How useful is the feature of having an atom data type in a programming language?
A few programming languages have the concept of atom or symbol to represent a constant of sorts. There are a few differences among the languages I have come across (Lisp, Ruby and Erlang), but it seems to me that the general concept is the same. I am interested in programming language design, and I was wondering what value does having an atom type provide in real life. Other languages such as Python, Java, C# seem to be doing quite well without it.
I have no real experience of Lisp or Ruby (I know the syntaxes, but haven't used either in a real project). I have used Erlang enough to be used to the concept there.
A short example that shows how the ability to manipulate symbols leads to cleaner code: (Code is in Scheme, a dialect of Lisp).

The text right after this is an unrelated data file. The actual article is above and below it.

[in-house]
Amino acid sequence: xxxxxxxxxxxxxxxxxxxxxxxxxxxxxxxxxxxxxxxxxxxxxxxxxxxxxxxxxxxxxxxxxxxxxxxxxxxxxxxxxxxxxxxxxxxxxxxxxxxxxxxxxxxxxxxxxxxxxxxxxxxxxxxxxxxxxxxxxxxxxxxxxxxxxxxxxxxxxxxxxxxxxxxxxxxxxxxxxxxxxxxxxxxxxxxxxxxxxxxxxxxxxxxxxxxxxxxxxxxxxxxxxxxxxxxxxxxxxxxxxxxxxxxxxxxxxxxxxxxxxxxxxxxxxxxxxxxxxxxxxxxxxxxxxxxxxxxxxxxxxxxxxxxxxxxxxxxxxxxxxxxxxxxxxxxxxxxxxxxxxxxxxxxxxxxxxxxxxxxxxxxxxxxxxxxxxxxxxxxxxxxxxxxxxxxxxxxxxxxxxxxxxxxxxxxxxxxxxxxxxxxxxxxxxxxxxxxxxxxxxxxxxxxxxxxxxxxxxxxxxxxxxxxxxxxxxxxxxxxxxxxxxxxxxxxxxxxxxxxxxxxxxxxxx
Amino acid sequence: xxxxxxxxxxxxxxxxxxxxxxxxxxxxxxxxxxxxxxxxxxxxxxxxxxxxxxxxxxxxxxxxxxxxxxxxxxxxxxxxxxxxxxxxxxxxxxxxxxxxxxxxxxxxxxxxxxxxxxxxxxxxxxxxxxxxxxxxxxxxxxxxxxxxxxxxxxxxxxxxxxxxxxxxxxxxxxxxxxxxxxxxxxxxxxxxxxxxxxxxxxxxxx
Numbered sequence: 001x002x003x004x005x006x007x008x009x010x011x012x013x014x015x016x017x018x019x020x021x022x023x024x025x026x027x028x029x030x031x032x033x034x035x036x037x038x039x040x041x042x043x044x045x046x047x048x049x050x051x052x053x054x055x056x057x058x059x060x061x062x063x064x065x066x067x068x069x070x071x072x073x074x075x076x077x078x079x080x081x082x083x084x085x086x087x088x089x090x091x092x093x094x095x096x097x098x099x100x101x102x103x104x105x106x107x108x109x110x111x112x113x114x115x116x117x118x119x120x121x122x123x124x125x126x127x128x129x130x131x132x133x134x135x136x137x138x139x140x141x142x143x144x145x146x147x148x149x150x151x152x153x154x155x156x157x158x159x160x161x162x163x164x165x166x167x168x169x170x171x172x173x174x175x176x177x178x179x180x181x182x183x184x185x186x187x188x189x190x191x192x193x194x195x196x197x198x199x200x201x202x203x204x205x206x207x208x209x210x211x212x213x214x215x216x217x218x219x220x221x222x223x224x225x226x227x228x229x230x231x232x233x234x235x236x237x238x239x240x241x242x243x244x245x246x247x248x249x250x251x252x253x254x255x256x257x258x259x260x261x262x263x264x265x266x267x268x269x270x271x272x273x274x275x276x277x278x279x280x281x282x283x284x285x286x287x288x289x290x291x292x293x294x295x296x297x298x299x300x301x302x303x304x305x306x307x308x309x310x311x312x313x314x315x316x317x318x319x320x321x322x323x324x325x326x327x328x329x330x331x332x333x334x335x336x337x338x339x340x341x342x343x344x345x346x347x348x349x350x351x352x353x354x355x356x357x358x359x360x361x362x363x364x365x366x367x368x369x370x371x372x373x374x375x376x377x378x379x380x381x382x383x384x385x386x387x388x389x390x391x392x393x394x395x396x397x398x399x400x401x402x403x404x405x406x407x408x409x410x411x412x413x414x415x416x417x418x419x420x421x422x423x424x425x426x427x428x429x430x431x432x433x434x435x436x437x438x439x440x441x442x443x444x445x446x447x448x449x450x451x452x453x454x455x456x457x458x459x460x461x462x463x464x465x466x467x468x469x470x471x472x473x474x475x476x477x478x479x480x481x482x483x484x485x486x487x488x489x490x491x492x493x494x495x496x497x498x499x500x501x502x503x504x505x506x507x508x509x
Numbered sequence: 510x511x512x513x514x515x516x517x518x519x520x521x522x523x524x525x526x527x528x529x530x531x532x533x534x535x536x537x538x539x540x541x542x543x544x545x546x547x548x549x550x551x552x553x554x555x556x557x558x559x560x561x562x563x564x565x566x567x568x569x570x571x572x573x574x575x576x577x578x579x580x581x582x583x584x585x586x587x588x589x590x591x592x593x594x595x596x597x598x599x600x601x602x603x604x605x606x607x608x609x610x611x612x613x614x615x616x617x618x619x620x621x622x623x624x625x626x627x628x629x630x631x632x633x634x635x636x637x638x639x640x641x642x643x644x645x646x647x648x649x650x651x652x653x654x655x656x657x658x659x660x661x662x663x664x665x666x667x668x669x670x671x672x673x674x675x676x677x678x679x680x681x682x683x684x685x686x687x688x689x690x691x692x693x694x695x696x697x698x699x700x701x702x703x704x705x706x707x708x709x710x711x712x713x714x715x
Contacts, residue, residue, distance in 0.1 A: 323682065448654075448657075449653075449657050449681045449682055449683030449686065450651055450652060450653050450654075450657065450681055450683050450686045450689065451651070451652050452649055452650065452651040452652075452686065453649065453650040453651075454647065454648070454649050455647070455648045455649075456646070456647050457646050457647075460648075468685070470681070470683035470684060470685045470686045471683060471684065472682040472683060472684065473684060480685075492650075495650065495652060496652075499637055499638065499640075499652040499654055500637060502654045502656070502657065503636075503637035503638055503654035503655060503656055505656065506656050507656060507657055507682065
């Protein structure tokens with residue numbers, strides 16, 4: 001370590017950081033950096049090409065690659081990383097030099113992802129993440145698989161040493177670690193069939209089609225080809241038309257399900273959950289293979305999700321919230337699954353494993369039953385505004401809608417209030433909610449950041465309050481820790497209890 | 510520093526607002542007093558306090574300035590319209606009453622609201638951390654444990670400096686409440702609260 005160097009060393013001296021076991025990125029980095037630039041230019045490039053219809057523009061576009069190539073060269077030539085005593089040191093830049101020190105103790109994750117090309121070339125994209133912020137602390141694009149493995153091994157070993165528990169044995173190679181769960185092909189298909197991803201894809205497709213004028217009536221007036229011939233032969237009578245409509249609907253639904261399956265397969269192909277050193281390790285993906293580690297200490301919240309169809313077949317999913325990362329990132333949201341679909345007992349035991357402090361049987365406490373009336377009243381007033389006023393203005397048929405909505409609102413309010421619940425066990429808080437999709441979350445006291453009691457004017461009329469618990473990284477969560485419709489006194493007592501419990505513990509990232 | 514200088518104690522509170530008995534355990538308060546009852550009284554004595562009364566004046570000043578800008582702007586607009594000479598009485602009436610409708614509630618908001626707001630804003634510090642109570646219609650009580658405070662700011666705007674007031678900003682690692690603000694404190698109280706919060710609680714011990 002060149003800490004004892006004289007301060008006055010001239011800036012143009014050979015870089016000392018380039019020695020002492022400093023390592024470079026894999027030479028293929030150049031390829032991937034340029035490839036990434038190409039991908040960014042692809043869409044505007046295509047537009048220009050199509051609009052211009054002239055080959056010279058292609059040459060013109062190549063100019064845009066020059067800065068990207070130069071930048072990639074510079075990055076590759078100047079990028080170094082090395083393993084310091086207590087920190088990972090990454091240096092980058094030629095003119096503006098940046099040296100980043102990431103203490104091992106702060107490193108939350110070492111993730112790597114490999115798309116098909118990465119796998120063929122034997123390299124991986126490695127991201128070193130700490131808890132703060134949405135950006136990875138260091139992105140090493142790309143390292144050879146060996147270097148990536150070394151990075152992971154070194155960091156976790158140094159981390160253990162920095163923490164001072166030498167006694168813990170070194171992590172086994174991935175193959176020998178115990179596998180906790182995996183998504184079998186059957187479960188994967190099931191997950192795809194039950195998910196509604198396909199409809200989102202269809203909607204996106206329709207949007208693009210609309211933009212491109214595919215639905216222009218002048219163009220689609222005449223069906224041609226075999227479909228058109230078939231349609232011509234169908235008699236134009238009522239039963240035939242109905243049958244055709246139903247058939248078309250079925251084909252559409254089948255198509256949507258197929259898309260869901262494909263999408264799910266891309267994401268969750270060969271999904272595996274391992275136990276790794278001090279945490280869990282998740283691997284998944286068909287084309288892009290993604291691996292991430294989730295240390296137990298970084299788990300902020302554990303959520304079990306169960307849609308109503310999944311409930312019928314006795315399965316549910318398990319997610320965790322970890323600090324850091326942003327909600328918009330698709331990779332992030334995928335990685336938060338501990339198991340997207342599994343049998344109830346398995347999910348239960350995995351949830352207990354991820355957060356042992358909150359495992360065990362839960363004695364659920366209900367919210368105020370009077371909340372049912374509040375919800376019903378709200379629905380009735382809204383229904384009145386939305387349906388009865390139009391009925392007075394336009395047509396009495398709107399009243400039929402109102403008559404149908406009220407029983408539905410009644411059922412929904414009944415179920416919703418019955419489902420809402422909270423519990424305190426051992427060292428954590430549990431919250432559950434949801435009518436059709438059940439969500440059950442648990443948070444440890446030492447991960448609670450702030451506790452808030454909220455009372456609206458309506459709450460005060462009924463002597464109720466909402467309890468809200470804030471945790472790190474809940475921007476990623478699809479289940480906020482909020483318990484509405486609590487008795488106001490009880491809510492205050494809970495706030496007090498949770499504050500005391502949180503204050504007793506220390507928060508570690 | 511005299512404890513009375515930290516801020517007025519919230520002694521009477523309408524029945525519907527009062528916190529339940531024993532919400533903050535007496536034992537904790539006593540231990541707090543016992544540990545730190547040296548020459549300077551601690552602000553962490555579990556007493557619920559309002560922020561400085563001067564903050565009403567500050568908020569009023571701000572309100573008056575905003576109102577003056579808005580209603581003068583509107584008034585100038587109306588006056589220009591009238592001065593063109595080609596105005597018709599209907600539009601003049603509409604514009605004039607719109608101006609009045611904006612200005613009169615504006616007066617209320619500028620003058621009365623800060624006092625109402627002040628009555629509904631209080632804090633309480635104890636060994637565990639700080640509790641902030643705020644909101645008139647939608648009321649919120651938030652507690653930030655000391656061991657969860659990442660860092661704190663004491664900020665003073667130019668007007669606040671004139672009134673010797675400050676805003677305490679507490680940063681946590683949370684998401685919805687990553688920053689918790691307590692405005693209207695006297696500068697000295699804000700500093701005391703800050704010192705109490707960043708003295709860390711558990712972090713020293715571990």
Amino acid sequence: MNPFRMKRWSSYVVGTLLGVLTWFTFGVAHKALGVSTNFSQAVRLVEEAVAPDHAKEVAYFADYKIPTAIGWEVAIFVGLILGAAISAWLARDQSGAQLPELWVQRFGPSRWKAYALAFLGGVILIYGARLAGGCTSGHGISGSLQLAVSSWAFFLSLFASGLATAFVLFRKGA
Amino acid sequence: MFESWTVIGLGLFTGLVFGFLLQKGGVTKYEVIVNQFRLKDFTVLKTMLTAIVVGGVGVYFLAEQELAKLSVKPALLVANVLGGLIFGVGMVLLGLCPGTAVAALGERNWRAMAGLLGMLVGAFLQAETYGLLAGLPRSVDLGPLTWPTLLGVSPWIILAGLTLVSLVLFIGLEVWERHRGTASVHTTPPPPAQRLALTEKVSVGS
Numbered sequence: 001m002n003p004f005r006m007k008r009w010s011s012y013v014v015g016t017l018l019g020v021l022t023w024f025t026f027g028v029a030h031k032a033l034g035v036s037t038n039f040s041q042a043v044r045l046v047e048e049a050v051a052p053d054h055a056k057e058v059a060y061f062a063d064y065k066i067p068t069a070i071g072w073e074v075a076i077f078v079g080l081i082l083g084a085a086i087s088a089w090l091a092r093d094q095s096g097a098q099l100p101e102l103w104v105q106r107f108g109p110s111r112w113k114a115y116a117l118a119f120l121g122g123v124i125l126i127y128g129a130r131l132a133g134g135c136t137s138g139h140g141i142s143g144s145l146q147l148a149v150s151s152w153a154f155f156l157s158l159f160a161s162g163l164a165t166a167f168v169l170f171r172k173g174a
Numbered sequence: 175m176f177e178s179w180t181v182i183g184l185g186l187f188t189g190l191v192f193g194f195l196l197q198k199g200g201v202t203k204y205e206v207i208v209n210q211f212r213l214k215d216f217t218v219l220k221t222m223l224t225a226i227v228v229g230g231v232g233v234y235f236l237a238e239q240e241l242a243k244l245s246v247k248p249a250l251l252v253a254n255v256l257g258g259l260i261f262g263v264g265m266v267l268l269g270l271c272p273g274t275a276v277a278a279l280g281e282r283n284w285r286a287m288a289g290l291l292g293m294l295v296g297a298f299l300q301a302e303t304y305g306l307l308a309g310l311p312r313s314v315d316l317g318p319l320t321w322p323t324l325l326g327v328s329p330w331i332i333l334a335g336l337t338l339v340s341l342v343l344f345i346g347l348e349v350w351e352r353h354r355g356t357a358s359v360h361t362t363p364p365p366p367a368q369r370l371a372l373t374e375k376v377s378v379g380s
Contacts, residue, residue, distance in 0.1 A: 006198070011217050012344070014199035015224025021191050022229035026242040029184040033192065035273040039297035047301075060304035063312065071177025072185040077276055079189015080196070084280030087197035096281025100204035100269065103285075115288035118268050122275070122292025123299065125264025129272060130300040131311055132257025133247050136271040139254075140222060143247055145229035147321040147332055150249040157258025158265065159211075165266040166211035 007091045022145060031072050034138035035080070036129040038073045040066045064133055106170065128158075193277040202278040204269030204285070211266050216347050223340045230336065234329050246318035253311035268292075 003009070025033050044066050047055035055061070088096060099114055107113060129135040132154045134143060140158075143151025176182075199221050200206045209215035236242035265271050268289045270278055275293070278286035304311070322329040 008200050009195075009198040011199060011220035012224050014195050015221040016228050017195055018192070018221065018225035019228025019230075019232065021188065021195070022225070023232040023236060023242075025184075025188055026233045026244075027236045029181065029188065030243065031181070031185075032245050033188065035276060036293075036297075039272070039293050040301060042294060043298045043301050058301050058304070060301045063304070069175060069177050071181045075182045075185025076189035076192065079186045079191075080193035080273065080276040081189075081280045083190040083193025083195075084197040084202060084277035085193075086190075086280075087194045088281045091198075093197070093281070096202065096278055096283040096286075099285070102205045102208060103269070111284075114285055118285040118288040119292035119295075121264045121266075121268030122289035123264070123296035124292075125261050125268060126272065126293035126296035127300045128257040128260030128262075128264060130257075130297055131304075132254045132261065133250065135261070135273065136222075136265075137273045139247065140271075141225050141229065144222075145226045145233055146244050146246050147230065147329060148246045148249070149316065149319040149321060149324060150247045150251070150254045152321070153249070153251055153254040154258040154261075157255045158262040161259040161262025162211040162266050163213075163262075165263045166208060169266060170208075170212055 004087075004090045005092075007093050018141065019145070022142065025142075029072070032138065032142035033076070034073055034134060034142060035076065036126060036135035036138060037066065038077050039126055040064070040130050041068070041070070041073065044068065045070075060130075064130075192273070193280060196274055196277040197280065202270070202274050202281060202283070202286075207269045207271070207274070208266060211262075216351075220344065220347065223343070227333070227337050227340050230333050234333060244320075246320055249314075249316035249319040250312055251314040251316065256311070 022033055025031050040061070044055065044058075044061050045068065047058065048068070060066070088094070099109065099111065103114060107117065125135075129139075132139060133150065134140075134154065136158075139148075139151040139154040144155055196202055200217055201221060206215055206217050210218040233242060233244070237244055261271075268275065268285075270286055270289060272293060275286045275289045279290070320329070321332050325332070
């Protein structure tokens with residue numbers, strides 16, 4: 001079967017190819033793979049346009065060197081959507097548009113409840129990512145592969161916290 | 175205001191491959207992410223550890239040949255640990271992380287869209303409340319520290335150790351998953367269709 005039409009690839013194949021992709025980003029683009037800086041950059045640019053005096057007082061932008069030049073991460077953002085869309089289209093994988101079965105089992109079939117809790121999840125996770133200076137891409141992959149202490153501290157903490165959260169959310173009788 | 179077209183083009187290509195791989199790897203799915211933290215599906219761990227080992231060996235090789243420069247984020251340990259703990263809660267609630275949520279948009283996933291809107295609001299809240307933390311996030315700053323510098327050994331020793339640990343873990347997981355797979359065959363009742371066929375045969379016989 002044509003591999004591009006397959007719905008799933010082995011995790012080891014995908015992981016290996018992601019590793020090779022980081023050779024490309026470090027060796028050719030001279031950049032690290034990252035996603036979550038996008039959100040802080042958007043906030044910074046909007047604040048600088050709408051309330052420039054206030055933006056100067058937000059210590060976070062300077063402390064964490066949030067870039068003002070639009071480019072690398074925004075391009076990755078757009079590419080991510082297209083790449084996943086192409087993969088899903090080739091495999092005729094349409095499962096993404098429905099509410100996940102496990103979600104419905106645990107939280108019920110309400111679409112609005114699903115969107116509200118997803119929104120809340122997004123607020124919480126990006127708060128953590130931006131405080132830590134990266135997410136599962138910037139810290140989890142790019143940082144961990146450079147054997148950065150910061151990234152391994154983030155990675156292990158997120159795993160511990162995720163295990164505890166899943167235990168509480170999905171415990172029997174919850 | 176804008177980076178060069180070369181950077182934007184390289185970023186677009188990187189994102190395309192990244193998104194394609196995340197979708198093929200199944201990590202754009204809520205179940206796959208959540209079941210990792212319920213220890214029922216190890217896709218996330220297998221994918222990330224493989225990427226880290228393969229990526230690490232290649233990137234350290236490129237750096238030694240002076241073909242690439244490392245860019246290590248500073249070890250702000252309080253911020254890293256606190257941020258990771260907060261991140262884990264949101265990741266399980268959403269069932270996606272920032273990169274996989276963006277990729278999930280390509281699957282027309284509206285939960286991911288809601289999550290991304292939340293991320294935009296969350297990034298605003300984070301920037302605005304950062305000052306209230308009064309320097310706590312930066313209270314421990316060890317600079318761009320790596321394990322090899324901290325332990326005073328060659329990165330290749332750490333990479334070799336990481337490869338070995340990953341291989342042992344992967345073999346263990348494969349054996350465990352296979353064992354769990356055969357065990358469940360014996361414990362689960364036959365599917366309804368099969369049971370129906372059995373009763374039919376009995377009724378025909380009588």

(define men '(socrates plato aristotle)) (define (man? x) (contains? men x)) (define (mortal? x) (man? x)) ;; test > (mortal? 'socrates) => #t
You can write this program using character strings or integer constants. But the symbolic version has certain advantages. A symbol is guaranteed to be unique in the system. This makes comparing two symbols as fast as comparing two pointers. This is obviously faster than comparing two strings. Using integer constants allows people to write meaningless code like:
(define SOCRATES 1) ;; ... (mortal? SOCRATES) (mortal? -1) ;; ??
Probably a detailed answer to this question could be found in the book Common Lisp: A Gentle Introduction to Symbolic Computation.